We currently have several studies running in our lab, everything from large grant funded projects to smaller student generated ideas. Many of these studies are inter-related, bringing together several interests and team members. If you want to consider becoming a research participant in any of these studies, please go here to see all our studies currently seeking participants. If you want to consider joining a study as a team member, please contact the study lead or study coordinator by looking them up, here.

Current Studies

Australian Research on Insomnia, Stress & Emotions (Project ARISE)

This project looks at the relationships between insomnia, stress and emotions. Individuals with insomnia enrol in a free 7-week course of treatment, and undergo sleep and emotion-based testing sessions before and after treatment. This study is led by Sean Drummond and coordinated by Dr. Alix Mellor. For more information, click here.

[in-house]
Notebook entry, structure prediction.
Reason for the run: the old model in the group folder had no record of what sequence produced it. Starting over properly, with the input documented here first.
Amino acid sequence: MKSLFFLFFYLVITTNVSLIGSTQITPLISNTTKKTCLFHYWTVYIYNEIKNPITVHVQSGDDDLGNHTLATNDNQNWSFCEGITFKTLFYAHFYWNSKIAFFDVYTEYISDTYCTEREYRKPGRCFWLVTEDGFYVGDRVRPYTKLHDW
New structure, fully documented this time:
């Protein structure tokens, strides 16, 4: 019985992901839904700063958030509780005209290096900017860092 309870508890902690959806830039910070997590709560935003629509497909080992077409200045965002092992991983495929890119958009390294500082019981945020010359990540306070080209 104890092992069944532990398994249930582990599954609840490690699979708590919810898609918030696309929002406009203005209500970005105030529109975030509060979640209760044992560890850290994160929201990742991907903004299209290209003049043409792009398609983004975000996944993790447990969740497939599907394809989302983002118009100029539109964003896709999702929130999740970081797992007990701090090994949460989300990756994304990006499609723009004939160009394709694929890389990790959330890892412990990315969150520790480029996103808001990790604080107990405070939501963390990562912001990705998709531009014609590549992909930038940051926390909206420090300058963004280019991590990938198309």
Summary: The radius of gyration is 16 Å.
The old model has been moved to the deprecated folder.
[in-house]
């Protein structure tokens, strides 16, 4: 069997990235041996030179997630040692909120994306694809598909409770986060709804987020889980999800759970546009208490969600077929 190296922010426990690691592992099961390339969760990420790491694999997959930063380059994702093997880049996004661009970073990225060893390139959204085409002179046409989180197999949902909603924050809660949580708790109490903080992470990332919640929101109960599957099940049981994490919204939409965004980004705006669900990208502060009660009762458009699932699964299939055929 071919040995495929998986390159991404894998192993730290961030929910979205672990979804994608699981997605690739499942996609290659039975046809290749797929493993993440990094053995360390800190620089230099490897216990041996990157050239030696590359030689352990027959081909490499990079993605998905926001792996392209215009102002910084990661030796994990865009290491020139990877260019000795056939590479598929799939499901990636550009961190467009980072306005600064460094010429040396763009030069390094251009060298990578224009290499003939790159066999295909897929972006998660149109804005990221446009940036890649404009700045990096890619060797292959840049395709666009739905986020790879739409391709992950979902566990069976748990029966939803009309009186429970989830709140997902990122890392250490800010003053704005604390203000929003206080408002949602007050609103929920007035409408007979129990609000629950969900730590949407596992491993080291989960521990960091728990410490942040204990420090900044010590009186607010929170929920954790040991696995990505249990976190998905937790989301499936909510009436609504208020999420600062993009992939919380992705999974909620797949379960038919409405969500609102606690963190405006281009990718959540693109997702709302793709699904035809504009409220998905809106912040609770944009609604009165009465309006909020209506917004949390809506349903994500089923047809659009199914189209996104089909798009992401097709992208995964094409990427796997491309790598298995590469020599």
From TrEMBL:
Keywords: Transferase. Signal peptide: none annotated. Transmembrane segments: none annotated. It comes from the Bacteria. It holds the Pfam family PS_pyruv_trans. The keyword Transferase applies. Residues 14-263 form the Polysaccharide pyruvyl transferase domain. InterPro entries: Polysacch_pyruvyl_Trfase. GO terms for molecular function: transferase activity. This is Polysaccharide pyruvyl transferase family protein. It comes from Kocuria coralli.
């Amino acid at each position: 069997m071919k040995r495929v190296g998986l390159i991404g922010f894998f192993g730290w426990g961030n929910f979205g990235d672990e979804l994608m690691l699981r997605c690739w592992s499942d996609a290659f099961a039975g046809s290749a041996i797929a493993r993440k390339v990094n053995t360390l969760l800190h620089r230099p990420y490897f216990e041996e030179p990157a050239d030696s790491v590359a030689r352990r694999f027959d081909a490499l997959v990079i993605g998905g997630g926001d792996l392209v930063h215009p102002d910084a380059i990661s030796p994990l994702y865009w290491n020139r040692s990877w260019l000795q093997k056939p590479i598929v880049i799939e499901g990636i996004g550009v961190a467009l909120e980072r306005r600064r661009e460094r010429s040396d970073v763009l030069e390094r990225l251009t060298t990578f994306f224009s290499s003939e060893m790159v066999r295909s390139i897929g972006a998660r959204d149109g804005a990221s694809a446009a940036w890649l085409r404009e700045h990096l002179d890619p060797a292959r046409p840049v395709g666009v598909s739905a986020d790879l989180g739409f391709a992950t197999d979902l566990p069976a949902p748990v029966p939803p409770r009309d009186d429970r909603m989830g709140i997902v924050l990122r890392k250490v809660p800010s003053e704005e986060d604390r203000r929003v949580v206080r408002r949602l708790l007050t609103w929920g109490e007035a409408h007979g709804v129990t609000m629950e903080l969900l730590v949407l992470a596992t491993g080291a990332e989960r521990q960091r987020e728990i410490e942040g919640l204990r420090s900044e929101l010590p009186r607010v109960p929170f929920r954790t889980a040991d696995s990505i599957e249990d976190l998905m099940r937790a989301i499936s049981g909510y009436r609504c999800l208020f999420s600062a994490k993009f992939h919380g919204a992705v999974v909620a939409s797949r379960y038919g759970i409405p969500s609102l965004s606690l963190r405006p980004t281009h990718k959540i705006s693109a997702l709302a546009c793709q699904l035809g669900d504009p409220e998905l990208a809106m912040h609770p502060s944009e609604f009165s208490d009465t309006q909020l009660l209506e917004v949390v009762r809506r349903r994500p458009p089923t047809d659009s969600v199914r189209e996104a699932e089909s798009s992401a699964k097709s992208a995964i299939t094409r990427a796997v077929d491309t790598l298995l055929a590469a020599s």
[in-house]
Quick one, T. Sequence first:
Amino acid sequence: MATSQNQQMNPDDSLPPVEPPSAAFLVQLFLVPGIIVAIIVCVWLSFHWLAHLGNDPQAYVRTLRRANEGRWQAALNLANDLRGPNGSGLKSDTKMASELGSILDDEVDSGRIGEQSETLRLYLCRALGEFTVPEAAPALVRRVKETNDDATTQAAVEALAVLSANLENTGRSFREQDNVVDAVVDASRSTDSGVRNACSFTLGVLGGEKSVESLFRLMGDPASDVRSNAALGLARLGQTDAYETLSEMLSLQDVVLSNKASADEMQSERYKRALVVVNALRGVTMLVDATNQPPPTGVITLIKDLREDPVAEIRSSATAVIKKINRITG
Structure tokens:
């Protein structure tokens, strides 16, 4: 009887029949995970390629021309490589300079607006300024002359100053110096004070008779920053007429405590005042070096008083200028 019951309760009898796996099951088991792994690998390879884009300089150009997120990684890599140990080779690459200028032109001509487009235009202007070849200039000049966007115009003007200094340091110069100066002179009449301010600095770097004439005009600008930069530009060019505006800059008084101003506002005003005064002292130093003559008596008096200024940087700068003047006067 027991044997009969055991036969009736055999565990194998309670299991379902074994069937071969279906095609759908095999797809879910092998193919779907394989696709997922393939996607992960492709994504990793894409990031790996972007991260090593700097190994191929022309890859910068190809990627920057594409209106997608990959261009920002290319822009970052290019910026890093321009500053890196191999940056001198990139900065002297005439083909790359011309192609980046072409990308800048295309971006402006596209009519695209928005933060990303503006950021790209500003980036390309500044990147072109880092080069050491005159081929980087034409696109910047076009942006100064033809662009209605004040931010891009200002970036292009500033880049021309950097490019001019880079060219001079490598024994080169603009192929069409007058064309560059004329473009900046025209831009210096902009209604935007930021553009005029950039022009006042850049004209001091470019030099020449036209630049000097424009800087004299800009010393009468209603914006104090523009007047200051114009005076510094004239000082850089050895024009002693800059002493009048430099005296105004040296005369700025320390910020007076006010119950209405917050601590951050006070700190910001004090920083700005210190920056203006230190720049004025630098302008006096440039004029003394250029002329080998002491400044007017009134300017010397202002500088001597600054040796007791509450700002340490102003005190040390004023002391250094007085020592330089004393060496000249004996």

Remembering Emotional Memories during Sleep

This project examines the role sleep plays in basic fear processes related to development, maintenance, and treatment of PTSD and anxiety disorders. Healthy adults live in the lab for 4 nights and days and either sleep normally, or have their sleep schedules changed on two nights. They undergo a startle test on several days to measure the fear system. This study is led by Sean Drummond and coordinated by Dr. Jacob Clark.